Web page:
‘Vast overreach’: GOP ruffles Dem Party feathers with proposed term limits for committee positions

House Republicans succeeded in striking a nerve with their Democratic colleagues Monday when it was reported they may be considering unprecedented actions related to committee leadership, should they take control in November, driving a wedge amongst those on the left.

Current congressional policy allows for the leadership of either party to determine for themselves how committee appointments are handled. Since 1994, Republicans have maintained a self-imposed three-term limit for committee chairs and ranking members. Democrats have no such restrictions.

Now, according to Punchbowl News, should the Republicans win back the majority in November, they are considering some brand new rules for the 118th Congress. Their proposal would make their party term limits applicable to Democratic chairs and ranking members as well, and would therefore buck some high-ranking members out of seats they’ve held at length.

“This potential move by Republicans would have a seismic impact on the House and would be a huge breach of tradition,” Punchbowl reported. “For decades, the two parties have set their own internal rules to decide who sits on committees and for how long. Republicans have had term limits in place since 1994, Democrats currently don’t have any such regulations.”

Notable Democrats that would be removed from their ranking committee positions with such a move include Rep. Maxine Waters (CA) from the Financial Services Committee, Rep. Bennie Thompson (MS) of the Homeland Security Committee and Rep. Jerry Nadler (NY) representing the House Judiciary Committee.

Democrats have flirted with such a move themselves in 2006 and 2018, but did not move forward with the limits and Republicans had bandied about the idea of getting rid of the limits in 2019. While President Trump supported the move, saying the current measure, “forces great people, and real leaders, to leave after serving,” he was unable to sway his party to change.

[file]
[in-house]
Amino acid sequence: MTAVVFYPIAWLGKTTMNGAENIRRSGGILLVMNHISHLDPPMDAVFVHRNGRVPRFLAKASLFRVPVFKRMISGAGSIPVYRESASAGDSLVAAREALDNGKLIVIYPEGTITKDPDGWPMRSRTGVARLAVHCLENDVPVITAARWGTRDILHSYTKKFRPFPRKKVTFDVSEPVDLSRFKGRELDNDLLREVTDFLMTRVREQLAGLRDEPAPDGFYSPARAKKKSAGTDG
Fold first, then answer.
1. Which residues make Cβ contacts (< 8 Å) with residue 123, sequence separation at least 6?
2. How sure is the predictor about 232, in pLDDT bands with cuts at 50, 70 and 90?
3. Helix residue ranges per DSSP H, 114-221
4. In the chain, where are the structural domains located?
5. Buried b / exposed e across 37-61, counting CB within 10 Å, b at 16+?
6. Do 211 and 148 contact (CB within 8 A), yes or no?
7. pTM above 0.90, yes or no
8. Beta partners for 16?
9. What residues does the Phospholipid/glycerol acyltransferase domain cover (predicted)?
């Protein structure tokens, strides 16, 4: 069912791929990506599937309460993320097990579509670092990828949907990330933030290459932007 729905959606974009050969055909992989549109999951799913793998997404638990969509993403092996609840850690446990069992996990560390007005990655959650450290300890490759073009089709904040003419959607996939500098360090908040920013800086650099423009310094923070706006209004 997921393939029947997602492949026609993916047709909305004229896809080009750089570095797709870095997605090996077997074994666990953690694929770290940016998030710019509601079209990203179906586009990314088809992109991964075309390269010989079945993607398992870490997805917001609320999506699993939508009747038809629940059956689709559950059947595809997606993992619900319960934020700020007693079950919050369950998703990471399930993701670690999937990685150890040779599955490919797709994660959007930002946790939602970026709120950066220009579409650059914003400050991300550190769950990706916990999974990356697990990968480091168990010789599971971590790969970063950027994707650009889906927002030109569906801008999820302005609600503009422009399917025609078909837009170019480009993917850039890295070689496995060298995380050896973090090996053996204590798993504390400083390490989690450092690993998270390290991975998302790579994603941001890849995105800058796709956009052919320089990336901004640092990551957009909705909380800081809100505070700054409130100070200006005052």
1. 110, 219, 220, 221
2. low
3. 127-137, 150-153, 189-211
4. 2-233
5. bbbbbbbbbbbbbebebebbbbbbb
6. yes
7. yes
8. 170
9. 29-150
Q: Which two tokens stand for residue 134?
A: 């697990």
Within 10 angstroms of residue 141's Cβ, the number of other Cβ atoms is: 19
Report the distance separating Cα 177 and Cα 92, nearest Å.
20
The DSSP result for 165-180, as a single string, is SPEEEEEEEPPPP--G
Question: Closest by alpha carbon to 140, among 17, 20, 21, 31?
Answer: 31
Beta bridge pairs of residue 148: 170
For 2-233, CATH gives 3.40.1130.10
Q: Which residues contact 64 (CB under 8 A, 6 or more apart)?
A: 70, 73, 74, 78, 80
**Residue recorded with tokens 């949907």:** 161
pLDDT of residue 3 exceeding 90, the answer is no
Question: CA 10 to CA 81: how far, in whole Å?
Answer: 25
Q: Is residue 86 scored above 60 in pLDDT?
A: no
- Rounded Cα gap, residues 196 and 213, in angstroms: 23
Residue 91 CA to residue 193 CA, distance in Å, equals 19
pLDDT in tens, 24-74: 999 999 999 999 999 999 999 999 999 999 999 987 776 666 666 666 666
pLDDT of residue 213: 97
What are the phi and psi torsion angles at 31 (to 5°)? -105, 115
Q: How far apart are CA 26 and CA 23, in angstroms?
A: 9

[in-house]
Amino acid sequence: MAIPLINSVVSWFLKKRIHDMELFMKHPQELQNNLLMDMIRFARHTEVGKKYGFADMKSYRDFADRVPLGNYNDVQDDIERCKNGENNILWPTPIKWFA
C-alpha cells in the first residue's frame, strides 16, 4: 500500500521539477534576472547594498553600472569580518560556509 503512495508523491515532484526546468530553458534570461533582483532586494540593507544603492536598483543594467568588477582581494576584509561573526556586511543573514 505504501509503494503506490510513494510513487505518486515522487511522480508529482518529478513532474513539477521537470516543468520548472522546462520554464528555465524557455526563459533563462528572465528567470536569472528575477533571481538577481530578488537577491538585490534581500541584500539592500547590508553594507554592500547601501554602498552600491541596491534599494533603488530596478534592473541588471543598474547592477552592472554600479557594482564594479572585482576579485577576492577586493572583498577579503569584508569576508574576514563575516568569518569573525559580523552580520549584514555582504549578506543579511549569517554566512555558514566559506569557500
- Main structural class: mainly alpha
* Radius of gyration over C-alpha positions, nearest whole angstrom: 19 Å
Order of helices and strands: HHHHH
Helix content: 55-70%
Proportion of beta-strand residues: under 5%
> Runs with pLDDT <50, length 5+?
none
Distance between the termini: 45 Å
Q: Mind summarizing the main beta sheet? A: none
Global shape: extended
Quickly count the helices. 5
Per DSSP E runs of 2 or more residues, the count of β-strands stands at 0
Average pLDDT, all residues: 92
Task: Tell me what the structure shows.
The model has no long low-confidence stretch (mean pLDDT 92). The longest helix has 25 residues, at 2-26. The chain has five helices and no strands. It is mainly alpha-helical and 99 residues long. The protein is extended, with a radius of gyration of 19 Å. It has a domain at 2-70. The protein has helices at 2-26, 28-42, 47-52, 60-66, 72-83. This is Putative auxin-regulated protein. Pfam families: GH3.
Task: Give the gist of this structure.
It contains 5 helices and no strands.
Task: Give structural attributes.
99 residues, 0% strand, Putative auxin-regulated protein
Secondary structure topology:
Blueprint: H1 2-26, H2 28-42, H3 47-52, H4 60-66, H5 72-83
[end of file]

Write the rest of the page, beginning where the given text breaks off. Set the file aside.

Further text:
Meanwhile, Democrats argue that a rule change by Republicans would be a major overreach. Members from the right contended that the opposition was guilty of far worse by removing Reps. Marjorie Taylor Greene (GA) and Paul Gosar (AZ) from their committees in what was equally unprecedented.

In an email obtained by The Hill, a senior Democratic aide wrote, “MTG and Gosar were kicked off their committees because [House Minority Leader] Kevin McCarthy is too weak and feckless to do the job leaders are supposed to do when their Members do reprehensible things. Changing the entire seniority system for both caucuses is a vast overreach of a Majority’s power…like bringing a bazooka to a sword fight.”

However, that feeling is not consistent throughout the Democratic caucus as Rep. Dean Phillips (MN) noted, “High functioning organizations become so by building strong benches and limiting the tenure of leaders, usually ~10 years. No matter which party controls Congress in ’23, we should adopt term limits for committee chairs & get serious about developing a new generation of leaders.”

Committee positions are prized within the halls of Congress so it should come as no surprise that Democrats who have been waiting in the wings, and could continue to do so for years to come without a change, would be welcome to an opportunity to have more influence among their fellow lawmakers.


If you are fed up with letting radical big tech execs, phony fact-checkers, tyrannical liberals and a lying mainstream media have unprecedented power over your news please consider making a donation to American Wire News to help us fight them.

Thank you for your donation!
Kevin Haggerty


We have no tolerance for comments containing violence, racism, profanity, vulgarity, doxing, or discourteous behavior. If a comment is spam, instead of replying to it please click the ∨ icon below and to the right of that comment. Thank you for partnering with us to maintain fruitful conversation.

PLEASE JOIN OUR NEW COMMENT SYSTEM! We love hearing from our readers and invite you to join us for feedback and great conversation. If you've commented with us before, we'll need you to re-input your email address for this. The public will not see it and we do not share it.

Latest Articles